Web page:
A monument to what could have been

Maria Altmann (Helen Mirren) and her attorney Randy Schoenberg (Ryan Reynolds)

‘Woman in Gold’

Starring Helen Mirren, Ryan Reynolds, directed by Simon Curtis, Rated PG-13


This movie illustrates in depth what “Monuments Men” tried to but came up woefully short. It is the real story of the provenance and ownership of the famous Gustav Klimt painting of Adele Bloch-Bauer, which was confiscated by the Nazis during World War II.

Bloch-Bauer, the wife of a wealthy Austrian industrialist, posed not once, but twice, for Klimt — the only one of his subjects to do so. She died before the war and muddled the true ownership of the painting with her will, which gave the paintings — and other works of art — to the Austrian State Museum. But the question many, many years later was did she actually have the rights to those paintings.

Helen Mirren stars as Maria Altmann, Bloch-Bauer’s niece who escaped the horrors of the war by coming to America, where she resided in Los Angeles until her recent death. She captured world attention when she and her attorney, Randol “Randy” Schoenberg (played here by Ryan Reynolds), sued the Austrian government in an American court for the right to get the painting, and others back — a bold move for, as one character put it, the painting was “the Mona Lisa of Austria.”

This is as much a legal thriller as it is the very personal and tragic story of the Bloch-Bauer family, which is told in flashbacks with Tatiana Maslany of “Orphan Black” fame playing the younger Maria and Max Irons (son of Jeremy Irons) as her husband, Fritz. And in a remarkable bit of casting, Antje Traue plays the young Adele and bears a striking resemblance to her as close-ups of the painting reveal.

The driving force of the movie is the relationship between the older Maria and younger Randy, who is, by turns, anxious to help her and realistic about the sacrifices he will have to make to do it. Maria is also torn between her desire to retrieve her family’s treasures and the reality of returning to Austria to do it after vowing she would never go back. This back and forth is punctuated with flashbacks about her pre-war life in Austria and are revealing in their nature about her own losses and fears.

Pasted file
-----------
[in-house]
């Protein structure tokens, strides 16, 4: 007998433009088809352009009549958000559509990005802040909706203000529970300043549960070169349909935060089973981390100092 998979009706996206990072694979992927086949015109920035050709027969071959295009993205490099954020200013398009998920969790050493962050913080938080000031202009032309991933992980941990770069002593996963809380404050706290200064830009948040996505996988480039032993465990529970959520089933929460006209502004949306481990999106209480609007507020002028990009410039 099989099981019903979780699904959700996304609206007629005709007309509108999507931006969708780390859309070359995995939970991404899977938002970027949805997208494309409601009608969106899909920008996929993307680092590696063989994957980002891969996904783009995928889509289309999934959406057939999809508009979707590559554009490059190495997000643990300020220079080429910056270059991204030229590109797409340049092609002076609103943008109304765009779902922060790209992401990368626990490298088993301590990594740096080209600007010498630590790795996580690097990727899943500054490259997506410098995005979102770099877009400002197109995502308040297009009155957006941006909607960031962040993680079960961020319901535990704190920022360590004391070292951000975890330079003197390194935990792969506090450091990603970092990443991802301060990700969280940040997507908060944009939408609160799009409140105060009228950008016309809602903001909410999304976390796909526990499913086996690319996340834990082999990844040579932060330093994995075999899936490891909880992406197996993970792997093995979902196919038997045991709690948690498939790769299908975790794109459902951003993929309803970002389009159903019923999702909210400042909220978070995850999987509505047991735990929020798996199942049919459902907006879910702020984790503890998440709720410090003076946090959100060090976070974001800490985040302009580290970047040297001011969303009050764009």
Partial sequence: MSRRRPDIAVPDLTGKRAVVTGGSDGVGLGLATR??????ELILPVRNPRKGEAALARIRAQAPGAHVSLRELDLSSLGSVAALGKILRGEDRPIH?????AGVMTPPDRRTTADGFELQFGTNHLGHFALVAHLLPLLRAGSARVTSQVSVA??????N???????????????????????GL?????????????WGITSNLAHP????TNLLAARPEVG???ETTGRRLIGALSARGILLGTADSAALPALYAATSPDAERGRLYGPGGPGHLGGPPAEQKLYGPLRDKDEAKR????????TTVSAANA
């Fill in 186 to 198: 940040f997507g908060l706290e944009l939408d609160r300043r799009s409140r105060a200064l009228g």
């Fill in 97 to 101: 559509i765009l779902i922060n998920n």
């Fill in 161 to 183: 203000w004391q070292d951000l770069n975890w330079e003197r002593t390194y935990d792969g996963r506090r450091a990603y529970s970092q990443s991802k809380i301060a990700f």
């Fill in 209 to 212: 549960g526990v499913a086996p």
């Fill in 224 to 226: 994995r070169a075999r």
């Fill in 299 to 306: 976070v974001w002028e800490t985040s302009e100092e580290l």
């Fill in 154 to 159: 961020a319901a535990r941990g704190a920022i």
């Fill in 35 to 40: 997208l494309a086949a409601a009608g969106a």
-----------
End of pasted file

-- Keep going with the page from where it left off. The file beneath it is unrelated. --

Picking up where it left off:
This rapport between the two characters is very reminiscent of another recent movie, “Philomena,” the true account of an Irish woman’s attempts to locate the son she gave up for adoption decades ago. Judi Dench and Steve Coogan shared the same type of familial relationship that Mirren and Reyolds do. Both women are older, outspoken and frank to a fault — and also very maternal with their counterparts.

Some characters do get pushed aside for the sake of the story, including Katie Holmes as Randy’s wife, Pam, who makes a few brief appearances. German actor Daniel Bruhl (“Rush”) figures into the story as an Austrian journalist eager to help Maria and Randy.

Directed by Simon Curtis, the story is told with economy and precision that might have had a more negative effect had the story not been so compelling. A little more background on Maria’s post-war life would have been nice, but the story chooses to jump directly to present day. In general, deeper character development could have enhanced this movie, but even without it the story stands on its own.

There are at least three more documentaries available on this subject, “Maria’s Wish,” “Stealing Klimt” and “The Rape of Europa,” which was also the basis for “Monuments Men.”

‘The Sound of Music’

The recent ABC special about the filming of “The Sound of Music” was revealing and proved, once again, just how beloved this musical is to generations of fans. You’ll have a chance for a more active participation when “The Sound of Music” sing-a-long, a Fathom Event, comes to theaters on April 19, with a repeat on April 22. Check fathomevents.com for information.